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De Havilland Vampire FB.5/9 questions


Wez
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1 minute ago, MikeC said:

The RAF single-seaters certainly never had them, neither did the NF10 or early NF11s.

Also my understanding, although the Airfix box art would have it differently 🙄.  Probably based on the preserved examples studied. An observation not a complaint as the kit is correct. 

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On 11/26/2021 at 9:22 PM, Wez said:

Always interested in Vampiric countenance, this could be the kit that entices me to make an Aussie version with those bloody ugly extra intakes (the French solution was far more elegant)!

 

Sorry if it took me a while, here they are:

 

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And with this being an RAAF variant, it would be a pity not to show the extra intakes:

 

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The aircraft is A79-1, the first F.30 produced, now residing at the Williamtown museum in NSW. This was built with the original dorsal "elephant ears" intakes, however a number of F-30s were converted to the later lower intake configuration when the original one was found to create problems.

Below a picture of the aircraft:

 

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All pictures taken by me and happily shared for your personal use. However if re-using them, please give credit,

 

 

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On 11/27/2021 at 3:22 AM, Wez said:

Always interested in Vampiric countenance, this could be the kit that entices me to make an Aussie version with those bloody ugly extra intakes (the French solution was far more elegant)!

@Wez,

If you do build that "Aussie version with those bloody ugly extra intakes", dont forget to shorten the rear fuselage as well as adding the MB seat. A couple more photos to add to Giorgio's excellent selection.

 

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A fuselage modified as a training aid. Gives a good idea of the rear fuselage panelling and positioning of the auxiliary intakes.

 

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This shot of the lower fusealge panel, at a knakker's yard, gives a good idea of the profile and plan shape of the intakes.

 

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This rough sketch I did a number of years ago when I modified a couple of Classic Airframes kits to an F.30 and FB.31 shows the shortened fusleage.

 

Peter M

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8 hours ago, Magpie22 said:

dont forget to shorten the rear fuselage as well as adding the MB seat

 

I knew about the seat, I didn't know about the shortened fuselage, thanks for pointing it out and providing the sketch,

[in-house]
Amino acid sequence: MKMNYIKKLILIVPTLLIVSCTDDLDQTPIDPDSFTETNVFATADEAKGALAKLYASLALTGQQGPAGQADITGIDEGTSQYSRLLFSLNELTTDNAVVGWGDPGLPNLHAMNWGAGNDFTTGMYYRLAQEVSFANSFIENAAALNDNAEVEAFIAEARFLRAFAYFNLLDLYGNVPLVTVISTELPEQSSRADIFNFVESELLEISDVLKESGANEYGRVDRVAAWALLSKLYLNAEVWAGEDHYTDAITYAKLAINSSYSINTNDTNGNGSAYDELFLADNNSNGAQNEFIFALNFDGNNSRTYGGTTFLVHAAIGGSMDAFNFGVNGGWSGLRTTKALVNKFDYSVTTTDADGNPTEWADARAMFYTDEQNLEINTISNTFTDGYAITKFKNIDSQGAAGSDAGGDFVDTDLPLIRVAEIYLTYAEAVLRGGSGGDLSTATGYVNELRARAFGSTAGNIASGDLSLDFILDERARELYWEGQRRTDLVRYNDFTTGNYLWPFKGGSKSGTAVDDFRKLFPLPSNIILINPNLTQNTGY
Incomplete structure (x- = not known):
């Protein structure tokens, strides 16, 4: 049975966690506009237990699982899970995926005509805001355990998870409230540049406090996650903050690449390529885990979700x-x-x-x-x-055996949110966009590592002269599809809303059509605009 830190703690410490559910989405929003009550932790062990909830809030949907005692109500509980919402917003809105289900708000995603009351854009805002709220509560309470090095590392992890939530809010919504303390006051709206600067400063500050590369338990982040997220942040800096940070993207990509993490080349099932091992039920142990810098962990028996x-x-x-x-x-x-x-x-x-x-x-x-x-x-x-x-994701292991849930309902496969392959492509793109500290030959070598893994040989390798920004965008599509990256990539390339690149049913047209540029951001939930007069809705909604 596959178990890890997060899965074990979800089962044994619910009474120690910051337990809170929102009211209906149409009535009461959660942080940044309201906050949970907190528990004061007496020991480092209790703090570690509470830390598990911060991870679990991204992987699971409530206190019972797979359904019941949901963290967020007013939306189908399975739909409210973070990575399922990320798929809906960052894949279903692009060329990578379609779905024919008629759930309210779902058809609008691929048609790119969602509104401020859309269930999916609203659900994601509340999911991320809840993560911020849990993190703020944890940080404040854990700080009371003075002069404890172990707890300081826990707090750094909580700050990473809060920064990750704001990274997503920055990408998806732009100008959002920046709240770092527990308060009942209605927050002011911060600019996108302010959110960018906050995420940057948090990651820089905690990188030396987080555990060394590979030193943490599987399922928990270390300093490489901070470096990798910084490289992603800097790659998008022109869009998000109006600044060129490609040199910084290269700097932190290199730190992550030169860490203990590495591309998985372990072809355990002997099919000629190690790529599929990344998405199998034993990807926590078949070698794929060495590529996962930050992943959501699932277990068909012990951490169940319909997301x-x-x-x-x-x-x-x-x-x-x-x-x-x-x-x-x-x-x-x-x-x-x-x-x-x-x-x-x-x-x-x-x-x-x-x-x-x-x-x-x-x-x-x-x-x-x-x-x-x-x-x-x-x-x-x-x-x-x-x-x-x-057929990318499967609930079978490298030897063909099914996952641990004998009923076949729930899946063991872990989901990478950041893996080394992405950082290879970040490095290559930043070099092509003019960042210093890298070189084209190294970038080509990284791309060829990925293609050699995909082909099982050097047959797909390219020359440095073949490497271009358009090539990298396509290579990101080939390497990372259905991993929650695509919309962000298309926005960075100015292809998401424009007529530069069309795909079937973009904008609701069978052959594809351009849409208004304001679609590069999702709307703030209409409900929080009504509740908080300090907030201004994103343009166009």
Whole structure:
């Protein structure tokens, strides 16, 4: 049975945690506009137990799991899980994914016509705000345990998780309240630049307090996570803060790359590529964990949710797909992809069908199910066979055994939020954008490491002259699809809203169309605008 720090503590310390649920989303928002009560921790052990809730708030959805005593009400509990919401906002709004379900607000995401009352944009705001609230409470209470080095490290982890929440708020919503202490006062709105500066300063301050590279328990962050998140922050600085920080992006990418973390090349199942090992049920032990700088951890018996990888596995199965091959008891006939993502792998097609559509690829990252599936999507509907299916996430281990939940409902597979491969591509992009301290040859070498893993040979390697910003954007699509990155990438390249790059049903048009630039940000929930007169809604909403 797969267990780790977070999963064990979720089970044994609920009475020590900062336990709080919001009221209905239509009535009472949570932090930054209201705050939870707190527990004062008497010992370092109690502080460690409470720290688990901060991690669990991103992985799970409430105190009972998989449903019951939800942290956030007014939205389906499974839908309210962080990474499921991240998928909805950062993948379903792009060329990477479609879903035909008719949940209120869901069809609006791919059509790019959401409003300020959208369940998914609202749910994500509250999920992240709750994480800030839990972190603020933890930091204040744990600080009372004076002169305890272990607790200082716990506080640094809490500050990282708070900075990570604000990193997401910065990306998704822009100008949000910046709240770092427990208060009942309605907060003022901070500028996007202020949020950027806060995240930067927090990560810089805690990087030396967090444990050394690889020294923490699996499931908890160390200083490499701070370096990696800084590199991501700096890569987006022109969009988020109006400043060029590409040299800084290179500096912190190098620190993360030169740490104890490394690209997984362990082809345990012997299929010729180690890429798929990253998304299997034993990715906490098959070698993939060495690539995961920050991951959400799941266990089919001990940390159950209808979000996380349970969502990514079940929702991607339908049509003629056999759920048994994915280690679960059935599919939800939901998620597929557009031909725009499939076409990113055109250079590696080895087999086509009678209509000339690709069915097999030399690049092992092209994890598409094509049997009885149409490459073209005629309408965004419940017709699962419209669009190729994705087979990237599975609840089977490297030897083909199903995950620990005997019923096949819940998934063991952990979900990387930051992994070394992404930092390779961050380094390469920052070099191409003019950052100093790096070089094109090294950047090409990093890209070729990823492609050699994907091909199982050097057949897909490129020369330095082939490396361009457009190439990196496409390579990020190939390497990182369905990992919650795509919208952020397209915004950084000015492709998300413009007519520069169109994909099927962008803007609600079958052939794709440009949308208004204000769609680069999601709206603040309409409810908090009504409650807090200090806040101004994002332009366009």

Where does the shortness come in?  At the tailpipe in or at the firewall?

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5 minutes ago, Wez said:

I knew about the seat, I didn't know about the shortened fuselage, thanks for pointing it out and providing the sketch,

Where does the shortness come in?  At the tailpipe in or at the firewall?

What Peter hasn't mentioned but is shown in his drawing is the larger diameter jetpipe of the Nene compared to the Goblin.

The rear fuselage is cut back at the tailpipe to allow the larger jetpipe to emerge, resulting in a slightly shorter fuselage nacelle.

The nacelle shape doesn't change, it's just had a bit trimmed off the back.

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Unfortunately I did not take pictures of the fuselage nacelle side, best I can show is this view of the rear end:

 

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Picture is not great as was taken with a pocket camera in a relatively dark building and in those days mobile phones were even worse than these

 

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11 hours ago, Dave Swindell said:

What Peter hasn't mentioned but is shown in his drawing is the larger diameter jetpipe of the Nene compared to the Goblin.

The rear fuselage is cut back at the tailpipe to allow the larger jetpipe to emerge, resulting in a slightly shorter fuselage nacelle.

The nacelle shape doesn't change, it's just had a bit trimmed off the back.

Yes, I should have been more explicit. As an engineer I often forget that not all are as used to interpret drawings as I am. As you say, the rear fuseklage was cut back to accomodate the larger diameter of the Nene exhaust.

Peter M

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As another engineer, I must admit to jumping to the "cut-back" reason immediately.  Otherwise the whole rear-end would have had to be different.  I do feel that understanding why something needed to be done is a great help in understanding just exactly what was done.

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57 minutes ago, Dave Swindell said:

As an engineer I'm always looking for the engineering solutions and reasons behind designs and modifications 🙂

 

Likewise.

 

43 minutes ago, Graham Boak said:

As another engineer, I must admit to jumping to the "cut-back" reason immediately.  Otherwise the whole rear-end would have had to be different.  I do feel that understanding why something needed to be done is a great help in understanding just exactly what was done.

 

Context is everything in engineering

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